Editor’s note: This is a modified version of Michael Greve’s comments he delivered on a panel called “Public Interest Litigation in the Modern Era” at the Federalist Society’s 2017 Annual Lawyers Convention in Washington, D.C.
I used to be in the public interest litigation business, back in the premodern era. My comments here briefly summarize an outsider’s observations on what I think has changed in public interest law and what its role should be in the future of conservative-libertarian politics.
Last week, on January 16, America marked Religious Freedom Day. The day commemorates enactment of the Virginia Statute for Religious Freedom of 1786, a precursor of the First Amendment. Written by Thomas Jefferson, the Virginia statute disestablished religion in the commonwealth—“no man shall be compelled to frequent or support any religious worship, place, or ministry whatsoever”—and prohibited civil penalties for the expression of religious belief—“all men shall be free to profess, and by argument to maintain, their opinion in matters of religion.” Jefferson saw the statute as one of his three great accomplishments; along with the Declaration of Independence and the founding of the University of Virginia, he directed that it be noted on his tombstone.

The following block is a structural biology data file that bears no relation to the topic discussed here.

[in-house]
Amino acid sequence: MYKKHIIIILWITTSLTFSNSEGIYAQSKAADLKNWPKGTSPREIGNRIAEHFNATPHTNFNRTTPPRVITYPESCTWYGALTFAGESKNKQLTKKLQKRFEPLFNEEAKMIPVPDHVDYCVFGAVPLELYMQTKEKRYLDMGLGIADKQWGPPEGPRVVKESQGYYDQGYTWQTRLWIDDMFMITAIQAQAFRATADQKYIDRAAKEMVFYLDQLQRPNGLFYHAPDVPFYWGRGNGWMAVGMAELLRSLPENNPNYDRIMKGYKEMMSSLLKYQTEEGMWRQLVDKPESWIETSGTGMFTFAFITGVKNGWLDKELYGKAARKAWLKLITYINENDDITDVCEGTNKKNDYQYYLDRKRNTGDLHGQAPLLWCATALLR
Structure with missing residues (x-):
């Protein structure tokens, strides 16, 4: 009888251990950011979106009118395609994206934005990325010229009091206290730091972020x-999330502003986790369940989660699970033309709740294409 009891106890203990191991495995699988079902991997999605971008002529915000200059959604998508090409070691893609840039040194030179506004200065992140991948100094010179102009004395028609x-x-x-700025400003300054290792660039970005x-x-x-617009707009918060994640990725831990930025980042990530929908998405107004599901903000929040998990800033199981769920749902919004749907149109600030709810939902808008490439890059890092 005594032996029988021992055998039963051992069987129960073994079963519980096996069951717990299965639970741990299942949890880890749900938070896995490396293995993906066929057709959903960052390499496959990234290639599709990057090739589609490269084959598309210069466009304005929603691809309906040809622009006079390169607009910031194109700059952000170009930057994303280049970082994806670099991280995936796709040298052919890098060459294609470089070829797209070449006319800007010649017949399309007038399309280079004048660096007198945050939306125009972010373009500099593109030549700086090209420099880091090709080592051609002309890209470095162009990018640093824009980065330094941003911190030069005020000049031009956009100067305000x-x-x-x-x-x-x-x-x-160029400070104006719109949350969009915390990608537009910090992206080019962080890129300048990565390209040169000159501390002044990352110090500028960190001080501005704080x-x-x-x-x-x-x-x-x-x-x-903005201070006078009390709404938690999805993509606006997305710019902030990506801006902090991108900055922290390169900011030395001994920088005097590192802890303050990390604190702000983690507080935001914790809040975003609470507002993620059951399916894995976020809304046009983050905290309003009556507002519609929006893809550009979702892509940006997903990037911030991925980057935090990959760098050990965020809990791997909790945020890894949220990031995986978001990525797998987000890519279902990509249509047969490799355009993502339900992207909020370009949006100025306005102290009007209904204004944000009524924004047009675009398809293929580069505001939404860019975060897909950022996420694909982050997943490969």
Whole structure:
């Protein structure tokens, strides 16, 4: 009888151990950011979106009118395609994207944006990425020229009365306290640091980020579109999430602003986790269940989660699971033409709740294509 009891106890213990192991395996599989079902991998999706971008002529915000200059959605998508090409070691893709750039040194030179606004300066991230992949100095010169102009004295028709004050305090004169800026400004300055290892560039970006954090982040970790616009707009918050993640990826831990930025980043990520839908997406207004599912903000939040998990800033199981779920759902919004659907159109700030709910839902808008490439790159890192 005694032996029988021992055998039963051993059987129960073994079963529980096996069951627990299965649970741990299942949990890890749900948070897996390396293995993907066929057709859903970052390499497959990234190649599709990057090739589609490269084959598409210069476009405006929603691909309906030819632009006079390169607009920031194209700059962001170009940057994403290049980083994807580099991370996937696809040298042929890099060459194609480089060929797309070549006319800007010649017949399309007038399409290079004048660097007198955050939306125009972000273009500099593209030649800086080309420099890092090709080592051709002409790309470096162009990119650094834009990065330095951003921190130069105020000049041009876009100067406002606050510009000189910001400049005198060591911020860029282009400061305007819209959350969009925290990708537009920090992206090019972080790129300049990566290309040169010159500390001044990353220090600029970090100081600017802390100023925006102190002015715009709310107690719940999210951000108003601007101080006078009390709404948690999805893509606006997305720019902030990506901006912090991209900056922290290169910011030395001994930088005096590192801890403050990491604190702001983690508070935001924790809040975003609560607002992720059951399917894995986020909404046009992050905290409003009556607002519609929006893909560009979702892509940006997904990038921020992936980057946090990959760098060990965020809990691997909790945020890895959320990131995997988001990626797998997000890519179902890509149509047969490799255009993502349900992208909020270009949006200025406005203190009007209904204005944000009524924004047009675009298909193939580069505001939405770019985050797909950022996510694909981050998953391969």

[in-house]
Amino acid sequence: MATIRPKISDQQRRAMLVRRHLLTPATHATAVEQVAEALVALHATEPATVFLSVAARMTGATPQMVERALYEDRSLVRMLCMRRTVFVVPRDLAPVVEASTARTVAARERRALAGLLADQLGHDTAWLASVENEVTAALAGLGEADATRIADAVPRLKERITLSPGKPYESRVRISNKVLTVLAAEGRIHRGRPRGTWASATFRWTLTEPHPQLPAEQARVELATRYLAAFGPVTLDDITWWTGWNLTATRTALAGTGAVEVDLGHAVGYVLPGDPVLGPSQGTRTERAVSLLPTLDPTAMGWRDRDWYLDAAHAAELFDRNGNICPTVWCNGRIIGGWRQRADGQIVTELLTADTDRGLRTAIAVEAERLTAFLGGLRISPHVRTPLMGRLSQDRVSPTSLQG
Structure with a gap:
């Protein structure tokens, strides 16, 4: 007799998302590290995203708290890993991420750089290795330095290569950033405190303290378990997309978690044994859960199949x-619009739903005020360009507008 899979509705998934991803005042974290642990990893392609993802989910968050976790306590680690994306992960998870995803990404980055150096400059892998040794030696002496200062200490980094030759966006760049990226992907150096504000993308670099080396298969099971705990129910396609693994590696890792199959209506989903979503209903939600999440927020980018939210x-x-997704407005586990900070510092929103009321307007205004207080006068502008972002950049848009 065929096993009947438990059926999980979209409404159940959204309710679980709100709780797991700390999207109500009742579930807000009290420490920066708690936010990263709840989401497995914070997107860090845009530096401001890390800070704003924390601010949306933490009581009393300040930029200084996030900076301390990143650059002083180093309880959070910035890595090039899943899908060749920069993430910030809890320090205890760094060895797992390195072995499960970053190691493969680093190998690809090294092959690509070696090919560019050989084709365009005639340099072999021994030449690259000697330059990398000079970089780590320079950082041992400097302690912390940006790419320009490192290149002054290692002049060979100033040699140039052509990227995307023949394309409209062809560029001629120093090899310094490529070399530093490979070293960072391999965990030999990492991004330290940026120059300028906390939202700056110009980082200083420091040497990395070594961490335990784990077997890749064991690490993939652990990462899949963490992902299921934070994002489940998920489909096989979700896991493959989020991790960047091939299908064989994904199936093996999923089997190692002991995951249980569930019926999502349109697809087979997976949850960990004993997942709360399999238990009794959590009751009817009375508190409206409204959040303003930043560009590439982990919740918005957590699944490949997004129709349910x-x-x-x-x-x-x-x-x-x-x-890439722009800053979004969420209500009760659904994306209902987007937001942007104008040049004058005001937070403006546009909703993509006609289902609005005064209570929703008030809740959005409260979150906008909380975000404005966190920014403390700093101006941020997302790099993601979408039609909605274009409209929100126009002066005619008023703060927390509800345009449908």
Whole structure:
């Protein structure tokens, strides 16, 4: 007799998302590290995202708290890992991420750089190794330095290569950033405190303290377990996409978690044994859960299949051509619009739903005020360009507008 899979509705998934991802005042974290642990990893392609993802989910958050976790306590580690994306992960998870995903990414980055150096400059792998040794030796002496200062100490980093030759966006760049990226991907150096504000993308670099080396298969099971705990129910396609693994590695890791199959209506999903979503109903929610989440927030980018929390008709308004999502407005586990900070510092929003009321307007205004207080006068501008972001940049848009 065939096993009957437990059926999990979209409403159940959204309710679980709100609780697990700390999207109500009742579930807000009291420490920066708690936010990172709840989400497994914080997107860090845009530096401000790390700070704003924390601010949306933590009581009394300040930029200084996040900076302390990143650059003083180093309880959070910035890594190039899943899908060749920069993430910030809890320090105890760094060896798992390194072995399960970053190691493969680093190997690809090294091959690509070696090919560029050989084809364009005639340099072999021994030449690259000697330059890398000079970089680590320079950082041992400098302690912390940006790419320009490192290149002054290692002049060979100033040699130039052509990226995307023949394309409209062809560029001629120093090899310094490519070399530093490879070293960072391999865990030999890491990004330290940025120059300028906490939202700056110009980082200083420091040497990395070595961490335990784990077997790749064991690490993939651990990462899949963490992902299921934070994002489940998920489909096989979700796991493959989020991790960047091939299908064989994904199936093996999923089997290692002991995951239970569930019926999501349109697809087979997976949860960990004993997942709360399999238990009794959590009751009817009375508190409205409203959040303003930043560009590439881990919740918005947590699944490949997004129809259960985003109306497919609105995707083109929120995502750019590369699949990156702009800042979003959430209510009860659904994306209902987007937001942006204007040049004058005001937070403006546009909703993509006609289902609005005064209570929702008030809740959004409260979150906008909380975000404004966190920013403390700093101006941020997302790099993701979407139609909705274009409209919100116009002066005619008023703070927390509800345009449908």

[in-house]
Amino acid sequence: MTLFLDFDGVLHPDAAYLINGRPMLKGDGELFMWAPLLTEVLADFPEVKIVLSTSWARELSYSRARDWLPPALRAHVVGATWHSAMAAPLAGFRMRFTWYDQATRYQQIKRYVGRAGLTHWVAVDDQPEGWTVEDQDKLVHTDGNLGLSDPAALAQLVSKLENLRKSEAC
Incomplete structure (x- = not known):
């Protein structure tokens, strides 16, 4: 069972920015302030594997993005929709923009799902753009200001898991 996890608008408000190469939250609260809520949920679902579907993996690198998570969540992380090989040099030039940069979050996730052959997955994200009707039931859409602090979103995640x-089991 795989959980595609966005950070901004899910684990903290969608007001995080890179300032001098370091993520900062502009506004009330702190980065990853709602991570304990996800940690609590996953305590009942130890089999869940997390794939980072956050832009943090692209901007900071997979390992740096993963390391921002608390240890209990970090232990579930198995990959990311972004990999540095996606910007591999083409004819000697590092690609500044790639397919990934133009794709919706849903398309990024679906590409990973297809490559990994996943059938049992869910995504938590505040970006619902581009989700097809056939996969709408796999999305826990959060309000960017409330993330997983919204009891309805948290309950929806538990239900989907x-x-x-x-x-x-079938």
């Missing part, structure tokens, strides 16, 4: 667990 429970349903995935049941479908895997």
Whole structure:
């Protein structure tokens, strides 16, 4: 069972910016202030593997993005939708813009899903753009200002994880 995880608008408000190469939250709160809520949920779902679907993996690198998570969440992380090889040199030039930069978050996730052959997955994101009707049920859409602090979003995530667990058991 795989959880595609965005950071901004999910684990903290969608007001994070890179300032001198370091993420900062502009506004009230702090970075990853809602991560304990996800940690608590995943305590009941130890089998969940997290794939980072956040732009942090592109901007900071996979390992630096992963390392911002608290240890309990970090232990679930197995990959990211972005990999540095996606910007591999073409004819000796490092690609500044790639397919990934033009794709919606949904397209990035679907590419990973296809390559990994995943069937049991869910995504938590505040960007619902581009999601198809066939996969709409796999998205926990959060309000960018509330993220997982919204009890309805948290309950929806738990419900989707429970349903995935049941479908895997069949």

For most American Christians, Christmas has come and gone. True, some sticklers will keep their trees up until Epiphany, but, for most of us, the routine of daily life has resumed. For most Mideast Christians, though, the holiday is just beginning. Armenian Apostolic Christians will celebrate Christmas, according to ancient custom, on January 6. In Egypt, Coptic Christians, the largest Christian communion in the Mideast, numbering perhaps 12 million, will celebrate on January 7, as will Orthodox Christians in Bethlehem itself. (Mideast Catholics celebrated on December 25, along with their Western counterparts). The traditional processions are scheduled for Manger Square.
For Christians, Christmas is a joyous time. But, for most Mideast Christians this year, the holiday is an uneasy one.
“If you want to understand why evangelicals could vote for someone of Trump’s morals,” Megan McArdle suggested, read Harvard Law professor Mark Tushnet’s “Abandoning Defensive Crouch Liberal Constitutionalism.”